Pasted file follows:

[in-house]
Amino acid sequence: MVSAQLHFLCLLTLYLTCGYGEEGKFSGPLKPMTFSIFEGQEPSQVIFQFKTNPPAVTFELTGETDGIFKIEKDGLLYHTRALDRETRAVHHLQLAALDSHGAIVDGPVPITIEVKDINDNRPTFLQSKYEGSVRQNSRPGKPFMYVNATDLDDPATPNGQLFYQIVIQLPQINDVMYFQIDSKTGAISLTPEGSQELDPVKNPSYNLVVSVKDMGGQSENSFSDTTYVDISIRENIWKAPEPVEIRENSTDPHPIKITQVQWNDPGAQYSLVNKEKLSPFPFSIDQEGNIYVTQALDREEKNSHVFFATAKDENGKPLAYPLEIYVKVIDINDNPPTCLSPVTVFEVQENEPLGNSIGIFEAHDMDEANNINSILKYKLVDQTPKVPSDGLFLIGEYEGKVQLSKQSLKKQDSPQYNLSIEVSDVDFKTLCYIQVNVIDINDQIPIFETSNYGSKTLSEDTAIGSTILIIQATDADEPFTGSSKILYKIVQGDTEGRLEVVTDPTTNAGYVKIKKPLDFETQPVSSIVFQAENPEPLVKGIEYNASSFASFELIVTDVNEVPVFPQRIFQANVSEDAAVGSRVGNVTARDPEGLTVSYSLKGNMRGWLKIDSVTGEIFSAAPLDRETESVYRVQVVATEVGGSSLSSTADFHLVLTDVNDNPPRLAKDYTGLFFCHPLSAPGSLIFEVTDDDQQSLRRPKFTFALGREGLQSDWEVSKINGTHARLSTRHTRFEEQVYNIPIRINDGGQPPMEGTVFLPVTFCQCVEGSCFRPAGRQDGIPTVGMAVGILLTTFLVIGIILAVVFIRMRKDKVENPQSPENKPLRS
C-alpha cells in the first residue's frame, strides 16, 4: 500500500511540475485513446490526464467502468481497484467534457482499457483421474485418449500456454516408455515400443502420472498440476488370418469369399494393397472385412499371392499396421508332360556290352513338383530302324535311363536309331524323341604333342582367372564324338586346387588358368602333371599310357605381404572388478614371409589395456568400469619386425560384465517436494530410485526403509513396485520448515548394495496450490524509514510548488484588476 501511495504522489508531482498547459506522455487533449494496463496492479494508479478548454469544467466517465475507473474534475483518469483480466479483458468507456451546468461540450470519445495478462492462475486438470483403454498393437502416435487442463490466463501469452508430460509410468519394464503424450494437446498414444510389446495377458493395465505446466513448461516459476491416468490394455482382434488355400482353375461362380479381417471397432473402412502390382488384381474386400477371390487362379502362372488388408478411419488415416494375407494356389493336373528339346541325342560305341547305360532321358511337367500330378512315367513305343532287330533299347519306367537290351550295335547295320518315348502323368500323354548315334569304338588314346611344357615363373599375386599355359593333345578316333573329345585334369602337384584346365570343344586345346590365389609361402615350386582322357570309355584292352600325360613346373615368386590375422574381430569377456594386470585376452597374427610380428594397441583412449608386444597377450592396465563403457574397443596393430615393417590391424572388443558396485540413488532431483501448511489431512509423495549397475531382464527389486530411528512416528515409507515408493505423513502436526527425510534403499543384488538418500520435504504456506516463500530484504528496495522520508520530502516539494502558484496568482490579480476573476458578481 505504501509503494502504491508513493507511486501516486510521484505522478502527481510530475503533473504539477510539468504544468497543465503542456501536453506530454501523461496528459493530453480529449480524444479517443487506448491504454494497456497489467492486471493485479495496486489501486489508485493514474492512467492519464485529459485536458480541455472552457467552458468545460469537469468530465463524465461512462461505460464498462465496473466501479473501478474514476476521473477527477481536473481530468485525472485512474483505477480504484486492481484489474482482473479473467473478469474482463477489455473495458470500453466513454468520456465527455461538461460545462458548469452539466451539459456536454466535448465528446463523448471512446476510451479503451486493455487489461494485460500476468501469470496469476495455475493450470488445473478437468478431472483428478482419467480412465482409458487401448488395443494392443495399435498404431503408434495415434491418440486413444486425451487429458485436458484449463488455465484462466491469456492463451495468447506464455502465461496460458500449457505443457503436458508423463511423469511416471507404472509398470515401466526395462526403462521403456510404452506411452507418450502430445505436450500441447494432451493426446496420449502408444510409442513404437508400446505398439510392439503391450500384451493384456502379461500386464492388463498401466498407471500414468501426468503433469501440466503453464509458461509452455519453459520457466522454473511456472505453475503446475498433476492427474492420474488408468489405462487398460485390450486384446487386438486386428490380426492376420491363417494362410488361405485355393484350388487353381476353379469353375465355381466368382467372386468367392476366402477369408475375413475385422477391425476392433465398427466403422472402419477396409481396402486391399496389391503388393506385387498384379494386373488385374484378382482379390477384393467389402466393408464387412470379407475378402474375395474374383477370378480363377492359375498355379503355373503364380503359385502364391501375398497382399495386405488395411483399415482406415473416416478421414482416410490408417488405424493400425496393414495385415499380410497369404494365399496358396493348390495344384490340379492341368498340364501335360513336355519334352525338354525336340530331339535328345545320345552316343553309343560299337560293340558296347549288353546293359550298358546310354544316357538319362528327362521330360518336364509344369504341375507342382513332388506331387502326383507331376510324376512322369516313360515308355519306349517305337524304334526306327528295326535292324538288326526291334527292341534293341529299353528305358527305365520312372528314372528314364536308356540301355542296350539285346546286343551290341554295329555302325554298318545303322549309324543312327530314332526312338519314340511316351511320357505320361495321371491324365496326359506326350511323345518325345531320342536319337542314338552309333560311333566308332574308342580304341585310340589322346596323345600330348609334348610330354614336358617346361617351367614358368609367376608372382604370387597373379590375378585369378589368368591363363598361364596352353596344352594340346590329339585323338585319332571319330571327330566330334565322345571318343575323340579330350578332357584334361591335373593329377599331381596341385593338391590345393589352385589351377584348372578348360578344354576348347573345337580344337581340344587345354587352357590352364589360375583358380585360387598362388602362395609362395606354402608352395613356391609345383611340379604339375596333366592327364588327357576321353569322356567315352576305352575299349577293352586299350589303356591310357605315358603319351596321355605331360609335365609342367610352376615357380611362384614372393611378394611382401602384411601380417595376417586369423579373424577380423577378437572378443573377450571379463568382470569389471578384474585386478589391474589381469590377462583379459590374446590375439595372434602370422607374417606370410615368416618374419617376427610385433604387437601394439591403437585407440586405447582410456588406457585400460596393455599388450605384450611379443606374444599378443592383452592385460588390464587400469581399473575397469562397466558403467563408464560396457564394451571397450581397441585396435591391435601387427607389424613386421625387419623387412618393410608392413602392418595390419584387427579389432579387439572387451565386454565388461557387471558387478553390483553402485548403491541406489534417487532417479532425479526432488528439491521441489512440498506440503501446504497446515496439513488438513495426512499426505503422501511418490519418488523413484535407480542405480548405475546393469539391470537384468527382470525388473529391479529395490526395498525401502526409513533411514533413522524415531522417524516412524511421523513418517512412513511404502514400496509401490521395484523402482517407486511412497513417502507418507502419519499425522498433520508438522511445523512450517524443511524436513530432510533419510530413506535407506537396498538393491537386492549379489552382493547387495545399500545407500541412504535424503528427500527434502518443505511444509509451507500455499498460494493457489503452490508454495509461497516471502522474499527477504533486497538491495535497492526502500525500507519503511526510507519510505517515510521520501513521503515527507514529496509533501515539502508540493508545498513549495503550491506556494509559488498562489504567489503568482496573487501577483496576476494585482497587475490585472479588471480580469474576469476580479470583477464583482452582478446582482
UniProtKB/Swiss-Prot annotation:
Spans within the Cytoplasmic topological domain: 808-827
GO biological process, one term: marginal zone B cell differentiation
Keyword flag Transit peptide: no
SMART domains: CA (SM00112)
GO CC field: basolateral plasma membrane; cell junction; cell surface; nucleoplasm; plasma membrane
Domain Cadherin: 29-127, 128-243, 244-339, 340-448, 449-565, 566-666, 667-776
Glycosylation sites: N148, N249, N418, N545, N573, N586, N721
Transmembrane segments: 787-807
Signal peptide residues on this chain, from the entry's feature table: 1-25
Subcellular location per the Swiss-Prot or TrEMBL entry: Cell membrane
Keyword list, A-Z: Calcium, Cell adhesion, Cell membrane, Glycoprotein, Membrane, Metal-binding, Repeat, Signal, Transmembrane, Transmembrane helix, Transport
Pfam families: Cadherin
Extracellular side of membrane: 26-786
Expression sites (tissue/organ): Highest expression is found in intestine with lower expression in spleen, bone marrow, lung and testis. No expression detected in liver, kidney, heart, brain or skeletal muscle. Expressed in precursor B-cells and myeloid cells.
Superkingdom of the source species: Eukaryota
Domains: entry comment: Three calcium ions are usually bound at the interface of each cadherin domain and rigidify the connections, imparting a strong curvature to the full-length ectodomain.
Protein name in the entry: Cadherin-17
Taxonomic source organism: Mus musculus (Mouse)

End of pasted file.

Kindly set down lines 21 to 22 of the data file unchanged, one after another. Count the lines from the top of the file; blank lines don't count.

Protein name in the entry: Cadherin-17
Taxonomic source organism: Mus musculus (Mouse)